The benefits of having a dog or other animal are plentiful, and for individuals living with physical or mental disabilities, animals can offer even more. However, in recent years, the increase of people trying to cheat the system has caused others to question the need for these animals, especially emotional support animals (ESAs), and particularly when it comes to their presence in the workplace.
All of this skepticism has shed some light on the issue, but left many people unsure of their rights in the workplace. You may wonder if your animal and disability are covered and what legal rights you have if your employer turns down your request. Here are the essentials you need to know about emotional support animals in the workplace before you schedule an appointment to talk to your boss.
ESA vs. Service Animals
Service animals are allowed in most places you can go to, including workplaces. Dogs are the most common service animals, and they are trained to perform tasks for one specific person with a disability. You often see service dogs leading the blind or sensing an impending seizure for individuals living with seizure disorders. Service animals are protected under the Americans with Disabilities Act (ADA) and must be properly trained, tested, certified, and then identified as a working animal with a patch or tag. All people with a disability are guaranteed under the ADA to have reasonable accommodations in the workplace, which can include being able to bring your service animals with you.
ESAs are different than service animals. For example, individuals who live with psychological or emotional disorders like depression, anxiety, or some phobias may benefit from having an animal for emotional support. You may see dogs, cats, rabbits, or even birds listed as an emotional support animal. These companions give therapeutic support that is compassionate, non-judgemental, and affectionate. They may be the difference between living in isolation and being able to function normally in day-to-day life for some people.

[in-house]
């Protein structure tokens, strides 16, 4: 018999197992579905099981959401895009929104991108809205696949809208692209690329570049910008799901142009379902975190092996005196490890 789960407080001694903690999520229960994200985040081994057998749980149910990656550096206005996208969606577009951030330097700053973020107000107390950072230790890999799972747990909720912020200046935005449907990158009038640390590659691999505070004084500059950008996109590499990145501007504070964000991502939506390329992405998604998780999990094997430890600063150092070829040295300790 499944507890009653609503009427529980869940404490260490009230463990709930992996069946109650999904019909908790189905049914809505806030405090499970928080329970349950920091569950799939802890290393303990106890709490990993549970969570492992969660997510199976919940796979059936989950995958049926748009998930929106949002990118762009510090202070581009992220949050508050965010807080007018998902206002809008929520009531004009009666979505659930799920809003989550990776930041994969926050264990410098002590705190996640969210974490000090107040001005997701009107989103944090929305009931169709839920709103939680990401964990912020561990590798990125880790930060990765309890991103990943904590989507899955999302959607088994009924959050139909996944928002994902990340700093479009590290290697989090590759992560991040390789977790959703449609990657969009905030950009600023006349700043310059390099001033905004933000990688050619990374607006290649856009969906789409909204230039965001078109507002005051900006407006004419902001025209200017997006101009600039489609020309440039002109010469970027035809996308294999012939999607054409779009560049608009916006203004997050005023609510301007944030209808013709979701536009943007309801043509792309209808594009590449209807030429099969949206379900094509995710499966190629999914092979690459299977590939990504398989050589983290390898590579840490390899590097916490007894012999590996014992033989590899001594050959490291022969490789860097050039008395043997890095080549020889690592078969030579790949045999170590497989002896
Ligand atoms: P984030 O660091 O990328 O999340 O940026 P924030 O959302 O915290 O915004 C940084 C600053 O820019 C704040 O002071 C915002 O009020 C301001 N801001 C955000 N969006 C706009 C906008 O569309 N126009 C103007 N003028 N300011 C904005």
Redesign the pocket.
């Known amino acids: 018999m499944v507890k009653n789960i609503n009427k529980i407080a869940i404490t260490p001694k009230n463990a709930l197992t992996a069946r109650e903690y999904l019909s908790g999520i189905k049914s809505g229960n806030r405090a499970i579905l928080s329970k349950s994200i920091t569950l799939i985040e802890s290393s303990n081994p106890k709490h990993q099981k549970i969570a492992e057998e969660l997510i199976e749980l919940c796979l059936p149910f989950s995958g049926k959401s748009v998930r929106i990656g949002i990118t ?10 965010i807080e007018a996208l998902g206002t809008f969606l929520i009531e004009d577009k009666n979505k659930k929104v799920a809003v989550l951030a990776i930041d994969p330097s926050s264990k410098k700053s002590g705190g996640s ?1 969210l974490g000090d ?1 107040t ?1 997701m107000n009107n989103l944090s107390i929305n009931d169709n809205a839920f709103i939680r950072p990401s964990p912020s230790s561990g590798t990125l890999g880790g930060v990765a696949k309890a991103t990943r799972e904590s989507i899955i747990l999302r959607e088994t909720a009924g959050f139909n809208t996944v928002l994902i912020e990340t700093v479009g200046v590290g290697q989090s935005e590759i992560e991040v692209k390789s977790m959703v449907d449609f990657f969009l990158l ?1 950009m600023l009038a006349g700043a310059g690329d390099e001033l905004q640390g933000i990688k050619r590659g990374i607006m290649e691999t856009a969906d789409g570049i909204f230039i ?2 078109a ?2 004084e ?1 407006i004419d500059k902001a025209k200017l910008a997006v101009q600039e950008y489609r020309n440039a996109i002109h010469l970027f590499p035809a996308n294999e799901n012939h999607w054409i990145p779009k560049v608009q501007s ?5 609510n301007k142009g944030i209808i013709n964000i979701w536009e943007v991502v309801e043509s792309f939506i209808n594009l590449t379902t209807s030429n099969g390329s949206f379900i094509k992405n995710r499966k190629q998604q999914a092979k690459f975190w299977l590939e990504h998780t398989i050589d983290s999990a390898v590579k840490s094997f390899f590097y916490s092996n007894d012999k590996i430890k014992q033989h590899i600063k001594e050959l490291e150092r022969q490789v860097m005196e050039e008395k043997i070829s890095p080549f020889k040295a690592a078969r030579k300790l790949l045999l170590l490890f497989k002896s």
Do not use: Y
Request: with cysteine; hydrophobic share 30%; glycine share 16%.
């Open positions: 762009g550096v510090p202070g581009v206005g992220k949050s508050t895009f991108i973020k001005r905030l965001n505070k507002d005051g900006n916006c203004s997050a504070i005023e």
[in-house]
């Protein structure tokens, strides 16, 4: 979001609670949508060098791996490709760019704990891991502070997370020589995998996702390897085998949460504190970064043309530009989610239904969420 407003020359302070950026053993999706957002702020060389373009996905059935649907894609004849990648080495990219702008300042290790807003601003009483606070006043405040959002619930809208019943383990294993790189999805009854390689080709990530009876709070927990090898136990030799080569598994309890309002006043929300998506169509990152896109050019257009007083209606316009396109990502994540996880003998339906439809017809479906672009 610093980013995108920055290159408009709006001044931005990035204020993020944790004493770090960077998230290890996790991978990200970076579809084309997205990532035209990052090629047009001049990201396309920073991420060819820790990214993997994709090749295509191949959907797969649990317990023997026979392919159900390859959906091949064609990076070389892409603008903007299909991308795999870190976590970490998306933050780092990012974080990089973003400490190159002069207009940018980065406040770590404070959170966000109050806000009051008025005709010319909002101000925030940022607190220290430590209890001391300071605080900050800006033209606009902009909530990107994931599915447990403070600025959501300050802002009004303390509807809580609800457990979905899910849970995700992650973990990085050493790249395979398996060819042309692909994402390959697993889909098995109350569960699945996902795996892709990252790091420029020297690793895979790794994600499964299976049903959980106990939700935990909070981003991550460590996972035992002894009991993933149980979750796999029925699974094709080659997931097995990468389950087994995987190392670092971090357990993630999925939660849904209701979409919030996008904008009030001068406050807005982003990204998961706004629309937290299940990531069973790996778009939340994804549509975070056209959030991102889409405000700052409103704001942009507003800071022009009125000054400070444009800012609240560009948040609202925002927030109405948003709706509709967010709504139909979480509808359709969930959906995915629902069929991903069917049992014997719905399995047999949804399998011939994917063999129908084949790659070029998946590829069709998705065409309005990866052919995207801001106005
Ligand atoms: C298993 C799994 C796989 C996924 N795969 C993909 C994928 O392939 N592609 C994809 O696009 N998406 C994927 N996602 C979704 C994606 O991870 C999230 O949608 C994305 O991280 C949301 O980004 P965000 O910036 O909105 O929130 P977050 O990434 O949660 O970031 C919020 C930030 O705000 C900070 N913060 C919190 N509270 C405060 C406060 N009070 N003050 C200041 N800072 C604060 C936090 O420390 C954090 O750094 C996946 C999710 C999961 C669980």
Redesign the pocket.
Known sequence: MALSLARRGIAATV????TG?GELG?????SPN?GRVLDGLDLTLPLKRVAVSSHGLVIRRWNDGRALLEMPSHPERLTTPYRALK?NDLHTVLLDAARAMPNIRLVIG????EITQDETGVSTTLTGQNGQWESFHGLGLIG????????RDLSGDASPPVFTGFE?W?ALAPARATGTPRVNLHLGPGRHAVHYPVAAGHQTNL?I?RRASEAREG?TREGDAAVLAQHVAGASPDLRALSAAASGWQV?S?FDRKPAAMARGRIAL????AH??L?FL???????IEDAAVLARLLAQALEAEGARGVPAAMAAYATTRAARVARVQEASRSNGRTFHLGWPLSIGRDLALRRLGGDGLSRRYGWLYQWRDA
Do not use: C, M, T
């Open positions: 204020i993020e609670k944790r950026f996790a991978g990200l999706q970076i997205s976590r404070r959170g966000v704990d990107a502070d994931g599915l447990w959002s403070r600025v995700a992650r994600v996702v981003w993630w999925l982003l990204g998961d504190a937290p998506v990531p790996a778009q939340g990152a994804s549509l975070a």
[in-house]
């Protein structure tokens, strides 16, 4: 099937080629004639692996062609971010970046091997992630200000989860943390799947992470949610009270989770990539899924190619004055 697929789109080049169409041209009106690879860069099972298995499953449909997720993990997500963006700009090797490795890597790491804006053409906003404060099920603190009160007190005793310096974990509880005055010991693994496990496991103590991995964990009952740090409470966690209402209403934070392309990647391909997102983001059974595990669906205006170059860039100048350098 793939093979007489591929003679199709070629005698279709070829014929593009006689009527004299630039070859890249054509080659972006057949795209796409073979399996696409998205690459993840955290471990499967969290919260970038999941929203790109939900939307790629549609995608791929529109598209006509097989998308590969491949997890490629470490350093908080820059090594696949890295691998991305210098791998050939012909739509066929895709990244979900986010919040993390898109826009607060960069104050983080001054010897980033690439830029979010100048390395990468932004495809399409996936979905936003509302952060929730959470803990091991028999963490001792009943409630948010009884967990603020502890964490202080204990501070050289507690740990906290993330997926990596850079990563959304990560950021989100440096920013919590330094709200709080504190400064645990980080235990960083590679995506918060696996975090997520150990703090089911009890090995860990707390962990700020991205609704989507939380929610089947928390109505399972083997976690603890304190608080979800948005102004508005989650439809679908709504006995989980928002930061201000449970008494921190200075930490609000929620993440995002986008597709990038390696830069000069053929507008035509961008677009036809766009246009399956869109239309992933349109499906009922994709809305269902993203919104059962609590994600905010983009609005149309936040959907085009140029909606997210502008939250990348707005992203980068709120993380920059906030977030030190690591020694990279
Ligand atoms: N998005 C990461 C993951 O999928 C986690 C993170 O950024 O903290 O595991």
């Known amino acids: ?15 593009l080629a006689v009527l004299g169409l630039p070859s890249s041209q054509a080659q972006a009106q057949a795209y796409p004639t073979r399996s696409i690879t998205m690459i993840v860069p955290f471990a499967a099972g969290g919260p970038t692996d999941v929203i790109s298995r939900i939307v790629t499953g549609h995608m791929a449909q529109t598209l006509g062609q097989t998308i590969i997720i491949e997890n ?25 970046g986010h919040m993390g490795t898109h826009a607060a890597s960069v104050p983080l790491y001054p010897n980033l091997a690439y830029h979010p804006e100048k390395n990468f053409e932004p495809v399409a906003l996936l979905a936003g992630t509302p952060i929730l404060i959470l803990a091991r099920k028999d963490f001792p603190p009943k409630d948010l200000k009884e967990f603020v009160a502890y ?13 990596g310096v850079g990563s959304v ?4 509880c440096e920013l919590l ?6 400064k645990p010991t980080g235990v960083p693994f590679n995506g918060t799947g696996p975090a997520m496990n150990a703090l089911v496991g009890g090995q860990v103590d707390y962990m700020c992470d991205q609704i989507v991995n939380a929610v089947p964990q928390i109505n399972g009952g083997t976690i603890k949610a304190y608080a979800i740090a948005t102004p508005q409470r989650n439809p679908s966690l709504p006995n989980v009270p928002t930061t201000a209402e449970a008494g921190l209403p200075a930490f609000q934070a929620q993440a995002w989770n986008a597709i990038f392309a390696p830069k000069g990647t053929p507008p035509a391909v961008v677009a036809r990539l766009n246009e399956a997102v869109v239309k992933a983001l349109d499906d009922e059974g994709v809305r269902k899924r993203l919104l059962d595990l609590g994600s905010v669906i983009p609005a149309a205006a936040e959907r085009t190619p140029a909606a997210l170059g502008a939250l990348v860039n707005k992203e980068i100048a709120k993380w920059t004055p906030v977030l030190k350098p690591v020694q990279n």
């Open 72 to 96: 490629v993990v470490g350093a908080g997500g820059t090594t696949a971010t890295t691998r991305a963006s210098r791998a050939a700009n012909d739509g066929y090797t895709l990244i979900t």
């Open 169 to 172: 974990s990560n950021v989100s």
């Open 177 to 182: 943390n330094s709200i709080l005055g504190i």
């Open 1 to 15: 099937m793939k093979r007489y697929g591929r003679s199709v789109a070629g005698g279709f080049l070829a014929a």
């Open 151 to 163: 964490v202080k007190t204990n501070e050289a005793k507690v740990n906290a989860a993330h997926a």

A physician, psychologist, or other qualified medical professional in the mental health field can qualify an ESA for a patient who has an actual diagnosed disability. These animals are not covered under the ADA and therefore don’t have to be allowed into public or work environments. However, with the recent increase in the number of ESAs being prescribed, many workplaces and businesses have started to create policies for allowing ESAs in public.
Talking to Your Employer
If you have an emotional support animal, you need to know how to speak with your employer before you set up a meeting. It’s best to have answers to some of the most common questions they will ask and be prepared to deal with questions about the care of the animal during the day. Here are a few strategies you can use to prepare before you approach the subject of bringing an ESA into your workplace.
Do Your Research
There are many definitions you need to know before you talk to your supervisor or human resources department. Be familiar with the ADA and the terms of disability and discrimination. This will help you better understand your rights as an employee. You should also take the time to review your company’s handbook, and search for any current policies and procedures that outline the process for asking for reasonable accommodations in the workplace.